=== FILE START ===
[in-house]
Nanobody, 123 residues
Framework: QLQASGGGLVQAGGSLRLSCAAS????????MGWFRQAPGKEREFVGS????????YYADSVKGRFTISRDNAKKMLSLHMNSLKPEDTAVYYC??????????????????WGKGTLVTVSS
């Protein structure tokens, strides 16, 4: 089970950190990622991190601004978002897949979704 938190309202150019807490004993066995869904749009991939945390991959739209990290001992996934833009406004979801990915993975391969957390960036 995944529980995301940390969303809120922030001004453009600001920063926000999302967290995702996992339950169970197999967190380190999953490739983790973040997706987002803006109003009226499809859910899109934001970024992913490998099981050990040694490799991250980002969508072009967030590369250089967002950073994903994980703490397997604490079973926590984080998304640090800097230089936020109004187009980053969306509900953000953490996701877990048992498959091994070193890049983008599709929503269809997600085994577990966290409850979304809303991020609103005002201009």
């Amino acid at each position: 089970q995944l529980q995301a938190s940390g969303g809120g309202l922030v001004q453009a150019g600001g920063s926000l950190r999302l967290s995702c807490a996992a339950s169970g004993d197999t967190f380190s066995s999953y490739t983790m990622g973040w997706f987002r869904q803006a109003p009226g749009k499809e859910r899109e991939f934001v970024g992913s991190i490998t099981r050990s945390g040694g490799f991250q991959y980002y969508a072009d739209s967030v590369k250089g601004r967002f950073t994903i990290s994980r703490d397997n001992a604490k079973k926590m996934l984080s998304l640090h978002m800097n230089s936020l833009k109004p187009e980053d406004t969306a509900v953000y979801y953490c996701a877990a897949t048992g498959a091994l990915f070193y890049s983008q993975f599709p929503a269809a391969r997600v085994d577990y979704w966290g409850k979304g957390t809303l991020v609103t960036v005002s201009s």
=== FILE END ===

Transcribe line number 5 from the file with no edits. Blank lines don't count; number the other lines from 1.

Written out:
């Amino acid at each position: 089970q995944l529980q995301a938190s940390g969303g809120g309202l922030v001004q453009a150019g600001g920063s926000l950190r999302l967290s995702c807490a996992a339950s169970g004993d197999t967190f380190s066995s999953y490739t983790m990622g973040w997706f987002r869904q803006a109003p009226g749009k499809e859910r899109e991939f934001v970024g992913s991190i490998t099981r050990s945390g040694g490799f991250q991959y980002y969508a072009d739209s967030v590369k250089g601004r967002f950073t994903i990290s994980r703490d397997n001992a604490k079973k926590m996934l984080s998304l640090h978002m800097n230089s936020l833009k109004p187009e980053d406004t969306a509900v953000y979801y953490c996701a877990a897949t048992g498959a091994l990915f070193y890049s983008q993975f599709p929503a269809a391969r997600v085994d577990y979704w966290g409850k979304g957390t809303l991020v609103t960036v005002s201009s």